Print this page    •   Back to Web version of article

News Briefs
Canada: New HIV Reporting Law May Make People Fearful of Testing -- Advocacy Group

April 30, 2003

A British Columbia advocacy group is concerned that a new HIV reporting law could make people apprehensive about getting tested. Beginning May 1, the law requires that public health officials be notified when a person tests positive for HIV, but it does not require a patient to divulge sexual partners or force a person to notify others of a positive test. Public health nurses will not know the name of the patient, just the name of his or her doctor. "Some may interpret it as mandatory, others may interpret it as voluntary," said Paul Legace, of the Red River HIV/AIDS Network. The law specifically requires a patient's consent because health authorities do not want to deter people from testing, said Tim Christie, an ethicist for the Center of Excellence in HIV/AIDS and co-author of a reportability study in British Columbia. "This is not an adversarial, us-and-them approach," said Christie. "Patients always have a choice." British Columbia is the last province in Canada to require HIV reporting.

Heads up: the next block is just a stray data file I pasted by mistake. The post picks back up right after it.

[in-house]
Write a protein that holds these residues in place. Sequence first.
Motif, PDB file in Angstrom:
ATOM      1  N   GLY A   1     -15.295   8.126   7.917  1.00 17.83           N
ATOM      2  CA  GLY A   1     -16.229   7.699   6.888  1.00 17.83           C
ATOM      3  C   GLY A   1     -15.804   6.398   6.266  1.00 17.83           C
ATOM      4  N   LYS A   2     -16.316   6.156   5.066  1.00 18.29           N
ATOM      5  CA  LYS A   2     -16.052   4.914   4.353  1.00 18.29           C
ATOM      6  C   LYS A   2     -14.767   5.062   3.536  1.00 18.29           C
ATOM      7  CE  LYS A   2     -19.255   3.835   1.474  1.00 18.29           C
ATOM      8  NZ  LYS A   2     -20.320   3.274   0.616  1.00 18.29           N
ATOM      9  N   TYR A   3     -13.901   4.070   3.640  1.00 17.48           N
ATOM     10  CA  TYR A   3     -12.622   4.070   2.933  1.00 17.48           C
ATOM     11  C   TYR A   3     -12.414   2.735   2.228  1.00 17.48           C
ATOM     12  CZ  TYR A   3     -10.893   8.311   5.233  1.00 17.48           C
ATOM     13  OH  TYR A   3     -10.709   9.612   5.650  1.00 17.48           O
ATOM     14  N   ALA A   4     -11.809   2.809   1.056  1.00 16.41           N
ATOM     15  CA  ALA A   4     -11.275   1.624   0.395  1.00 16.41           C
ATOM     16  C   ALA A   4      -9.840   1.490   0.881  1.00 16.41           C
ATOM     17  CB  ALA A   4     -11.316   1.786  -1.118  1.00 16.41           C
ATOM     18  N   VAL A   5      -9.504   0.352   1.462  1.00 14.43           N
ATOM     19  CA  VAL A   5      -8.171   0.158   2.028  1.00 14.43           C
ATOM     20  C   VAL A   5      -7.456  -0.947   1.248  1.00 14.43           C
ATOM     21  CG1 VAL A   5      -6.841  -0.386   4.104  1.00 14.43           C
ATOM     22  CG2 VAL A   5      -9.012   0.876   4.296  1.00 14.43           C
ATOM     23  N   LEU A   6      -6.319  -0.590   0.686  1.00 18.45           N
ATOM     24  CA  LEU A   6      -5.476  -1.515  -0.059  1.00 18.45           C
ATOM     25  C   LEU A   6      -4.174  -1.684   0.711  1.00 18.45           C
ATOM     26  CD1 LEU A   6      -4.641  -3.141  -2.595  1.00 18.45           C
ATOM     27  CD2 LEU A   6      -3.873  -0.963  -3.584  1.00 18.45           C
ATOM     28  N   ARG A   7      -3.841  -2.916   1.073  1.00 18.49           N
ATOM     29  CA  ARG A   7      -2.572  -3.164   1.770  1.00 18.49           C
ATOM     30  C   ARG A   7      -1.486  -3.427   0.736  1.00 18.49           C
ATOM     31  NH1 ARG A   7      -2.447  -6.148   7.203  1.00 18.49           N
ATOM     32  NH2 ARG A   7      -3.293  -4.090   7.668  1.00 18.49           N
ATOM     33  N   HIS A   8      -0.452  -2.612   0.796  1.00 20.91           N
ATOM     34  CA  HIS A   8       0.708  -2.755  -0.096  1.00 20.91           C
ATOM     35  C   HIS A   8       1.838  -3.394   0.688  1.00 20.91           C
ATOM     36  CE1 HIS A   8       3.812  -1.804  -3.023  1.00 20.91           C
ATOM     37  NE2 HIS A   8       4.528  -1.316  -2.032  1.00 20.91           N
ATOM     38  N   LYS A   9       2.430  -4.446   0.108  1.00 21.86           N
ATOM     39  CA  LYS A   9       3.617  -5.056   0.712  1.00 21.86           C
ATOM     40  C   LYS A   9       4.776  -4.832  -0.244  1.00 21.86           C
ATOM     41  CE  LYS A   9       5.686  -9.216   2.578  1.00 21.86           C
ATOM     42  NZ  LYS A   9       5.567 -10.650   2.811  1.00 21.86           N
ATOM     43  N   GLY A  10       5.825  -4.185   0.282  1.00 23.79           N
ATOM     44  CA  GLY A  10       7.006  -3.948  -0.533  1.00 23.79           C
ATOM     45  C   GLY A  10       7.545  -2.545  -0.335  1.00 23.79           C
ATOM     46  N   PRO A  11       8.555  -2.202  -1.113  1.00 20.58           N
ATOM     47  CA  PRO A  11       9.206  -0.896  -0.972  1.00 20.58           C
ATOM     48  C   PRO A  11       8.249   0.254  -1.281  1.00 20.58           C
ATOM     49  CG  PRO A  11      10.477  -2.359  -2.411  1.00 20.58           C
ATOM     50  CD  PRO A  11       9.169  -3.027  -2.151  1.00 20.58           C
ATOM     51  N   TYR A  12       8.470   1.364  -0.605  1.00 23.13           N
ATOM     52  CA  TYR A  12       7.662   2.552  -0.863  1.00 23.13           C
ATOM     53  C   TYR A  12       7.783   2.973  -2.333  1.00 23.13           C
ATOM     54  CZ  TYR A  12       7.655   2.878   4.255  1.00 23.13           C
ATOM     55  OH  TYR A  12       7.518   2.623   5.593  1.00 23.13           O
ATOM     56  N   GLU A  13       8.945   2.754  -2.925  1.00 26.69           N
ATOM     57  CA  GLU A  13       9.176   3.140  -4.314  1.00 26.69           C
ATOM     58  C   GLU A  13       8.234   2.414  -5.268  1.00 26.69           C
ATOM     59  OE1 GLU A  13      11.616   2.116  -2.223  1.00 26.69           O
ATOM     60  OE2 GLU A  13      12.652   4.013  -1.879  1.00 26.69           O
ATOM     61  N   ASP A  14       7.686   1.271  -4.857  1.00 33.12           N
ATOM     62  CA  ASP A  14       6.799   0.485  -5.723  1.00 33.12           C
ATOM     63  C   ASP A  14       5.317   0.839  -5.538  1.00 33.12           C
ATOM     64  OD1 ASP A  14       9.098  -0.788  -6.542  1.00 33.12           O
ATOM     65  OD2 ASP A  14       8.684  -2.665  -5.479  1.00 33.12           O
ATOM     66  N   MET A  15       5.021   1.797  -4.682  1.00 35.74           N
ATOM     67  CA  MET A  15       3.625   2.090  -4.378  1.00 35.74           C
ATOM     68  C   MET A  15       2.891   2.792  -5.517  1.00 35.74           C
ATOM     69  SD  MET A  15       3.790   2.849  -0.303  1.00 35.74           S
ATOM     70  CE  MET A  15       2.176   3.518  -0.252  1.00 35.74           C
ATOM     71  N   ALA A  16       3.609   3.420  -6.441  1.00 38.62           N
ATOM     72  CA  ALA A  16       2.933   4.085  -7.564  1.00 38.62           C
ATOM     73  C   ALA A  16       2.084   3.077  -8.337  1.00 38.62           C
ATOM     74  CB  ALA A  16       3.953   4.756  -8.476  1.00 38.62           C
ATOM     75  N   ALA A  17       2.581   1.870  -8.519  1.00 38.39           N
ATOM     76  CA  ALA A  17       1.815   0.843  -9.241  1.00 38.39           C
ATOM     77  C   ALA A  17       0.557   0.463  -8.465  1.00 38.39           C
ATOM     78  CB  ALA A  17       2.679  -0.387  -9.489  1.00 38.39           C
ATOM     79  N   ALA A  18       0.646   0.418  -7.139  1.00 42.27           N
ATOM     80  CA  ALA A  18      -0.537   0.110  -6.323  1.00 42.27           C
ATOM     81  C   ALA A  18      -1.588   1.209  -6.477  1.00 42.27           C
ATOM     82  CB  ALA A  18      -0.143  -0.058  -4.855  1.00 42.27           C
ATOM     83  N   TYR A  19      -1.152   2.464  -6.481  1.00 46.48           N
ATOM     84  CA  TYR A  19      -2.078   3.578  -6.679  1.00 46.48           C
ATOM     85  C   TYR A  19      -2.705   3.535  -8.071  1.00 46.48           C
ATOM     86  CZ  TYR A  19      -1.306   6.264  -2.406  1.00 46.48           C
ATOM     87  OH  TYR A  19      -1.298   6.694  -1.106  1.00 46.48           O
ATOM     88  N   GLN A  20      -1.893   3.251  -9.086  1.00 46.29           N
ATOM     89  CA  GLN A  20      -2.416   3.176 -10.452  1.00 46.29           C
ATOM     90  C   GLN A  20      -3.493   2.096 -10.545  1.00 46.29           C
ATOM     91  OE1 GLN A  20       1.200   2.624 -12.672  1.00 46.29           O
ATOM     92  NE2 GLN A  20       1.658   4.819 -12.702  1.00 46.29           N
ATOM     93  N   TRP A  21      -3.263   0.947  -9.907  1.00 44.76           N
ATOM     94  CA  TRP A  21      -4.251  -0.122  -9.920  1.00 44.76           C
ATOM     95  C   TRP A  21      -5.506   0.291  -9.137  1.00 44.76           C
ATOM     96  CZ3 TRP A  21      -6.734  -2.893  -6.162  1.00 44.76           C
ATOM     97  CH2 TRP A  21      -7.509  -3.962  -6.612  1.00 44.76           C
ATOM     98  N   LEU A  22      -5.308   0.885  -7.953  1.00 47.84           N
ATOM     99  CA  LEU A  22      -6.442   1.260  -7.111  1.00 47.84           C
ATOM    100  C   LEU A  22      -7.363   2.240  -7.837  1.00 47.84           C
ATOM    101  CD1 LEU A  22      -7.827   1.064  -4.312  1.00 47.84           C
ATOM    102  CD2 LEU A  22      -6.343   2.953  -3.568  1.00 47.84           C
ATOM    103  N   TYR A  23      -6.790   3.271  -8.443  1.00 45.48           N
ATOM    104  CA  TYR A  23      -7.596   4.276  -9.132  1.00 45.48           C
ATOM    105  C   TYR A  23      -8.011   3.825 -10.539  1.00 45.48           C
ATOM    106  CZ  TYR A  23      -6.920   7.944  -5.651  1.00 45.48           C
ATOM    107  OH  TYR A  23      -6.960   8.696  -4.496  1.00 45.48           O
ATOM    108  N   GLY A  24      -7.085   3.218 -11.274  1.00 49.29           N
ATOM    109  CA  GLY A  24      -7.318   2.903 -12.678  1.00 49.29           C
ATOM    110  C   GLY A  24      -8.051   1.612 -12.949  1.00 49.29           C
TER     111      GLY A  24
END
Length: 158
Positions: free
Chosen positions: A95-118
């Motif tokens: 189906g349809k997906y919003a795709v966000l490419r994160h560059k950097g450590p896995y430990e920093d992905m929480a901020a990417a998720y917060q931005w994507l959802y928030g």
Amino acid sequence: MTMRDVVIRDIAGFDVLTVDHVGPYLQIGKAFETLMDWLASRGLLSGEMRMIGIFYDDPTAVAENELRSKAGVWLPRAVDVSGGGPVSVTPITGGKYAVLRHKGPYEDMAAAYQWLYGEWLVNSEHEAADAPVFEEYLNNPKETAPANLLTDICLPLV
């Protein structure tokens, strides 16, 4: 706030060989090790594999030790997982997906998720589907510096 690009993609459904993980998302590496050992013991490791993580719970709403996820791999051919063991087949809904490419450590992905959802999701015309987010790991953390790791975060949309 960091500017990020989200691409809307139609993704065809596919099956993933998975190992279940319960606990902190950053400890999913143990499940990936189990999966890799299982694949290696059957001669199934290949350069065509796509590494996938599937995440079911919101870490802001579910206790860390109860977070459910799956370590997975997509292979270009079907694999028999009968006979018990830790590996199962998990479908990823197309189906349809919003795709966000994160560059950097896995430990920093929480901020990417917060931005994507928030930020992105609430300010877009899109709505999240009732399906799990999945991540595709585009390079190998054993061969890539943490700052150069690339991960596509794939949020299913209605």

Back to other CDC news for April 30, 2003

Previous Updates

Excerpted from:
Canadian Press
04.28.03; Robert Koopmans

This article was provided by CDC National Prevention Information Network. It is a part of the publication CDC HIV/Hepatitis/STD/TB Prevention News Update. You can find this article online by typing this address into your Web browser:

General Disclaimer: is designed for educational purposes only and is not engaged in rendering medical advice or professional services. The information provided through should not be used for diagnosing or treating a health problem or a disease. It is not a substitute for professional care. If you have or suspect you may have a health problem, consult your health care provider.